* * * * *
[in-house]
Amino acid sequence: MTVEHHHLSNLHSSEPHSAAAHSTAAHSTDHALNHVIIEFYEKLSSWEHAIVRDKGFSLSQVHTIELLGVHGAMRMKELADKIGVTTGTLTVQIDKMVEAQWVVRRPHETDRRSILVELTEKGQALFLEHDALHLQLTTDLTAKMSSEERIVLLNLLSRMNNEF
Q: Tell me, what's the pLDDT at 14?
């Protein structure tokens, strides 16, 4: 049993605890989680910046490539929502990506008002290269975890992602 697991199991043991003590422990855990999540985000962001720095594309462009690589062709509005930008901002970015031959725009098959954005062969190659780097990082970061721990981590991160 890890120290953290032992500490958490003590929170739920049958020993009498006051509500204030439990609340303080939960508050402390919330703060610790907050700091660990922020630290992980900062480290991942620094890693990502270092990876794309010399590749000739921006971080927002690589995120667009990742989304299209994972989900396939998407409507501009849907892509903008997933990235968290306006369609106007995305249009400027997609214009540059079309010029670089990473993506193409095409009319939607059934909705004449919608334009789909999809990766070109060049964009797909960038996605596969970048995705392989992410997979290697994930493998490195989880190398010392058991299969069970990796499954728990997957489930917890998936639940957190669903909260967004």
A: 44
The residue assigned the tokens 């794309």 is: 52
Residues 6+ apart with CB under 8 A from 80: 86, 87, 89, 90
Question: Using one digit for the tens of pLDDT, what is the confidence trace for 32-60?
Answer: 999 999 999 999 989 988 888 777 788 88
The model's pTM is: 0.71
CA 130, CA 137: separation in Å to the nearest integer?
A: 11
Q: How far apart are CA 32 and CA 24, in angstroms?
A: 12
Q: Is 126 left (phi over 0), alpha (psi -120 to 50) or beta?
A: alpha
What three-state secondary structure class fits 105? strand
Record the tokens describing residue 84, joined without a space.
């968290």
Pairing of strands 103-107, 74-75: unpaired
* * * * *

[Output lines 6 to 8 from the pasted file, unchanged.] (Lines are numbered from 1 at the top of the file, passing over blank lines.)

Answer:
The residue assigned the tokens 């794309």 is: 52
Residues 6+ apart with CB under 8 A from 80: 86, 87, 89, 90
Question: Using one digit for the tens of pLDDT, what is the confidence trace for 32-60?